One of the not-so-hidden secrets of the Shoreline dining scene is the Taste of China restaurant in Clinton. Opened in 2000 by Huping and Jonathan Dolph, the restaurant filled a niche the Dolphs felt in a personal way – Huping was frustrated she couldn’t find “real” Chinese food. It didn’t take long for knowledgeable New Haveners to find the Szechuan-style dining spot, even though it’s 25 miles away. That trek is no longer necessary. The Dolphs teamed up with their chef of 13 years, Xiyu Huang, and opened New Haven’s Taste of China, bang on Chapel Street, across from the Green.
Originally from Nanjing, China, Huping went to Singapore in 1996 to learn English. Jonathan, had gone to Singapore to teach English. One year after she they met in his class they were married, and Jonathan returned to his hometown of Madison with his new bride.
Huping was always looking for “real” Chinese food, but could only find cheap take-out that resembled nothing she had eaten in China. “I was talking to my husband and said that I wanted to open a restaurant because I never had real Chinese food here, it’s all American-Chinese. My husband asked, ‘Are you sure?’ And I said ‘Yes, but I want you to quit your job. I want to do this together. You deal with the bar and I will deal with the kitchen and running the business.” Huping wasn’t a complete novice, other family members had restaurants in China, but she had never run one herself. A space came open in Clinton in 1999 and they opened Taste of China in 2000. “We got lucky and got a good chef. I tried so hard [to make] authentic food. Not Chinese-American kind of flavors. People are always thinking of Chinese food as chicken lo mein, or hot and sour soup, or wonton soup, pork-fried rice, broccoli and chicken. This is not Chinese food that I had in China. We build our business more and more successful and the people were thinking, ‘the food is totally different than other Chinese restaurants.’ It’s quality.”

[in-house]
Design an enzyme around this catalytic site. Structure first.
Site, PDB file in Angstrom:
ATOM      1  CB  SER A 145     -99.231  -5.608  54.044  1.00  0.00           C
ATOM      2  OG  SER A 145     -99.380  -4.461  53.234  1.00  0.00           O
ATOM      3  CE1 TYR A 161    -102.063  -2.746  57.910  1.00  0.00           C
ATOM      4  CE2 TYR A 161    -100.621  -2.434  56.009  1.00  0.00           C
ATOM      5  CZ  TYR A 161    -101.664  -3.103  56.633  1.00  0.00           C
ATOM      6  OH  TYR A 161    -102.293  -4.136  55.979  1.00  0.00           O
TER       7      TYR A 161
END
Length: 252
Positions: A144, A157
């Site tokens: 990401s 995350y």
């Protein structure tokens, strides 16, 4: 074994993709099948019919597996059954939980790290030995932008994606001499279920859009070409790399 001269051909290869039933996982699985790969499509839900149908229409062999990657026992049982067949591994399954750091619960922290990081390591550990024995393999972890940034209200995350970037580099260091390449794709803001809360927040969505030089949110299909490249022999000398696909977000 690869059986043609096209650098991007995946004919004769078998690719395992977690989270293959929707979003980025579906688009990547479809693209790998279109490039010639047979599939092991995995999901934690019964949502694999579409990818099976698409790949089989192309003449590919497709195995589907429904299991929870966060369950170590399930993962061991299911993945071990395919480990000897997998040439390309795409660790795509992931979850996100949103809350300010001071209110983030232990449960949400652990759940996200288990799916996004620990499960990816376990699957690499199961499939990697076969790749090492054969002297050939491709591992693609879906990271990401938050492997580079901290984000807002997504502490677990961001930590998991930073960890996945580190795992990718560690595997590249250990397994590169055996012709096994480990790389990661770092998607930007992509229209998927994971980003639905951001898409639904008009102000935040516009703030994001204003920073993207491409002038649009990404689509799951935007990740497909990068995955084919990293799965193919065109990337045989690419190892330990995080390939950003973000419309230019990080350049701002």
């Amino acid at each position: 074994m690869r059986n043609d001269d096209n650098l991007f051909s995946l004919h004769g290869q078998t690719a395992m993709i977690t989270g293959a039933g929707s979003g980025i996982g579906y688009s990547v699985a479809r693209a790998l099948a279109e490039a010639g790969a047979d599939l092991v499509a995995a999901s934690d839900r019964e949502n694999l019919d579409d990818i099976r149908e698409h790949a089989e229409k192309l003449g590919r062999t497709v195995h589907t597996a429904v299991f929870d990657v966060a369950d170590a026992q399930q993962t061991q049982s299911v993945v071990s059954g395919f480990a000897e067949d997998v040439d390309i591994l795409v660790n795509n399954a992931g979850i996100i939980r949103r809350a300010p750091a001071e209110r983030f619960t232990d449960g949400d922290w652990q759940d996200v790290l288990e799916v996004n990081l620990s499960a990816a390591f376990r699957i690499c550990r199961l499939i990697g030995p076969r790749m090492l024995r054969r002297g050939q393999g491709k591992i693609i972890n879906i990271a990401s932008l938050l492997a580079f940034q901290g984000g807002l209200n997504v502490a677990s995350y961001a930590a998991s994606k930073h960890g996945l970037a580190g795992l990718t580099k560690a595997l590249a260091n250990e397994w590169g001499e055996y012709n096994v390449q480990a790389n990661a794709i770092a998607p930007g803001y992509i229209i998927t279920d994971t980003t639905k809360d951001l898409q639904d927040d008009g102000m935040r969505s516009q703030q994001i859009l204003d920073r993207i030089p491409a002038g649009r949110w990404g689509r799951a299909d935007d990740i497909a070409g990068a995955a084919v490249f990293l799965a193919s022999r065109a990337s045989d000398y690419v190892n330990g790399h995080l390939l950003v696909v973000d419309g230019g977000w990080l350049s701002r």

As their business grew, they saw more and more customers from New Haven: Yale students, professors, office folk. They found the space on Chapel St. and opened in May of 2013.
Huping says, “I want to show that this is an [authentic] Chinese food. It’s quality. It’s healthy.”
Restaurant Website: http://www.tasteofchinaus.com/
• The Detes: 954 Chapel St., New Haven. 203-745-5872. Open seven days. 11:00 a.m. to 10 p.m.
• Price Range: Appetizers $8-12, entrees $15-30.
• Style of Food: Szechuan
• Favorite dishes: sea bass, tea-smoked duck, chicken with pine nuts, Mongolian beef, salt-and-pepper shrimp.
• Drinks: full bar
• Vegetarian: yes
• Parties/events: yes, big room in the back
• Catering: not yet